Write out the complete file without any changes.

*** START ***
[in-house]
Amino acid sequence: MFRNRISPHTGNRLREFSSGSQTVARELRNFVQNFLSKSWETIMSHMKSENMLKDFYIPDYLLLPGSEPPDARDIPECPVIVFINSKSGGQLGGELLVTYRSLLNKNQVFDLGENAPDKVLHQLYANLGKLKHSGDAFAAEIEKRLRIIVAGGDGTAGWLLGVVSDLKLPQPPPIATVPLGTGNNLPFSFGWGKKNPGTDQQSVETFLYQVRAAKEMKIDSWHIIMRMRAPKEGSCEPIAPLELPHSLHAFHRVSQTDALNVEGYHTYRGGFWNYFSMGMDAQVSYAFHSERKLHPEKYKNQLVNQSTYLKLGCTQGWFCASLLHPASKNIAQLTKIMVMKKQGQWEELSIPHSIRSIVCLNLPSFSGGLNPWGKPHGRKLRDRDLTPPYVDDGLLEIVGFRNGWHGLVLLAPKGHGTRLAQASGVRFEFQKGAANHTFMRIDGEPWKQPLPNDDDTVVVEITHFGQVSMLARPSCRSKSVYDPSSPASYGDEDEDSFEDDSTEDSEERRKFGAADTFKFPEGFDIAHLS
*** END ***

[in-house]
Amino acid sequence: MFRNRISPHTGNRLREFSSGSQTVARELRNFVQNFLSKSWETIMSHMKSENMLKDFYIPDYLLLPGSEPPDARDIPECPVIVFINSKSGGQLGGELLVTYRSLLNKNQVFDLGENAPDKVLHQLYANLGKLKHSGDAFAAEIEKRLRIIVAGGDGTAGWLLGVVSDLKLPQPPPIATVPLGTGNNLPFSFGWGKKNPGTDQQSVETFLYQVRAAKEMKIDSWHIIMRMRAPKEGSCEPIAPLELPHSLHAFHRVSQTDALNVEGYHTYRGGFWNYFSMGMDAQVSYAFHSERKLHPEKYKNQLVNQSTYLKLGCTQGWFCASLLHPASKNIAQLTKIMVMKKQGQWEELSIPHSIRSIVCLNLPSFSGGLNPWGKPHGRKLRDRDLTPPYVDDGLLEIVGFRNGWHGLVLLAPKGHGTRLAQASGVRFEFQKGAANHTFMRIDGEPWKQPLPNDDDTVVVEITHFGQVSMLARPSCRSKSVYDPSSPASYGDEDEDSFEDDSTEDSEERRKFGAADTFKFPEGFDIAHLS